Tuesday, 11 Nov, 2008 Science
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Scientists Developed Nanomaterial Which Could be Used to Create Implantable Devices

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A group of scientists from the North Caroline State University were able to discovered that the unique properties of new nanomaterial could be use to make new devices, which could be implanted into the human body. The breakthrough may lead to the creation of blood glucose sensors for people suffering from diabetes and synthetic hemo-dialysis membranes, which would clean impurities from the blood.

For a long period of time scientists made attempts to develop sensors that could be implanted in human body for different reasons, such as, for example, to control the level of glucose in the blood for patients suffering from diabetes. Currently, however, scientists face problems with using already existing materials. They say that in order for a device, such as the one that controls glucose levels, to be implanted, the material, from which the device is supposed to be made of, has to prevent proteins inside the human body from building up sensors; otherwise they could prevent sensors from working correctly. Besides, each implant must not cause inflammatory response from the body, which could reject the device.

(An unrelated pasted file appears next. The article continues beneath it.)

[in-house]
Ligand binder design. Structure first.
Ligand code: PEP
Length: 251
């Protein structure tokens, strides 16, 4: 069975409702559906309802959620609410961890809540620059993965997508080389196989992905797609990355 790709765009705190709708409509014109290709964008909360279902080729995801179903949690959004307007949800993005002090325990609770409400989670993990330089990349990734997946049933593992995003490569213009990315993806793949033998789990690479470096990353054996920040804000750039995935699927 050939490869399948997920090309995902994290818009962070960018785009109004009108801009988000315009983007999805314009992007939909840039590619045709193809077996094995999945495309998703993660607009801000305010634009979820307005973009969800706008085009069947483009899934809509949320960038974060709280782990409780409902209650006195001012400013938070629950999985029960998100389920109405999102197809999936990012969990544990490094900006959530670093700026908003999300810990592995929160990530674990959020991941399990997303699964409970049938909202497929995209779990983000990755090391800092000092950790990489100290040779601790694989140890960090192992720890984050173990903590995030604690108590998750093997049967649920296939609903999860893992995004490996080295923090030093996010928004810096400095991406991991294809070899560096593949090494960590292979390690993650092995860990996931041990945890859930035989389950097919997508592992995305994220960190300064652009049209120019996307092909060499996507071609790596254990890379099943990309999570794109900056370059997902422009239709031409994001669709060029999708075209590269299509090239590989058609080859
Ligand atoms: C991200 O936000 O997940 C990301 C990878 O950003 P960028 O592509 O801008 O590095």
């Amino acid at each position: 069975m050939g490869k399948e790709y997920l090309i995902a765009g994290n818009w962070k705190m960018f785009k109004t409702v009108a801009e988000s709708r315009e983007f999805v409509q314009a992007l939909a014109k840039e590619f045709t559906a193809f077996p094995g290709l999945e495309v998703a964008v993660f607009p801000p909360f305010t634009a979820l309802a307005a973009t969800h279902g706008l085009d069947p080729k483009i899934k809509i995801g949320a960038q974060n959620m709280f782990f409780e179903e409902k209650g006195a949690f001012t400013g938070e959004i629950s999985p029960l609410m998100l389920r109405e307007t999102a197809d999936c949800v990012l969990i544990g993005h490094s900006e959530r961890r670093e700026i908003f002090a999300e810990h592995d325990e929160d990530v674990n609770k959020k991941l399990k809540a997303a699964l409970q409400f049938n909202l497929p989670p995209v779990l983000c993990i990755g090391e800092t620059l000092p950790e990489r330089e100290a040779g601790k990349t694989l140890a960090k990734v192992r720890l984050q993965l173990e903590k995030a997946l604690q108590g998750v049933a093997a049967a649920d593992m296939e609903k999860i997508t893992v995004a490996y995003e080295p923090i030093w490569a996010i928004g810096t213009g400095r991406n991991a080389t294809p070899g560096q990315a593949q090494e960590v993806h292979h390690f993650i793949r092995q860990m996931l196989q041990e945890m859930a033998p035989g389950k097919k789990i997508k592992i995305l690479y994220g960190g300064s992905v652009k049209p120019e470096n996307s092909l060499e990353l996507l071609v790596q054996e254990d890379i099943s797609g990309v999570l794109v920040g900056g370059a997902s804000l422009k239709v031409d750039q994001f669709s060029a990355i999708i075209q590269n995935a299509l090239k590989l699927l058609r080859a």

Researchers managed to discover the properties of nanoporous ceramic membranes, claiming that with its help they will be able to avoid problems related to body's rejection of implants. The lead researcher, Dr. Roger Narayan, who is also an associate professor in the joint biomedical engineering department of NC State and the University of North Carolina at Chapel Hill, mentioned that nanoporous membranes might be applied to develop an "interface between human tissues and medical devices that is free of protein buildup."

The latest study was published in the exclusive issue of "Biomedical Materials." This is the first detailed research of the biological and physical features of the nanoporous ceramic membrane. Scientists claim that human body will not reject the nanomaterial. The lead researcher mentioned that their breakthrough is a huge step towards the development of kidney dialysis membranes, as well as a number of other devices, which previously reported cases of incompatibility with human tissue.

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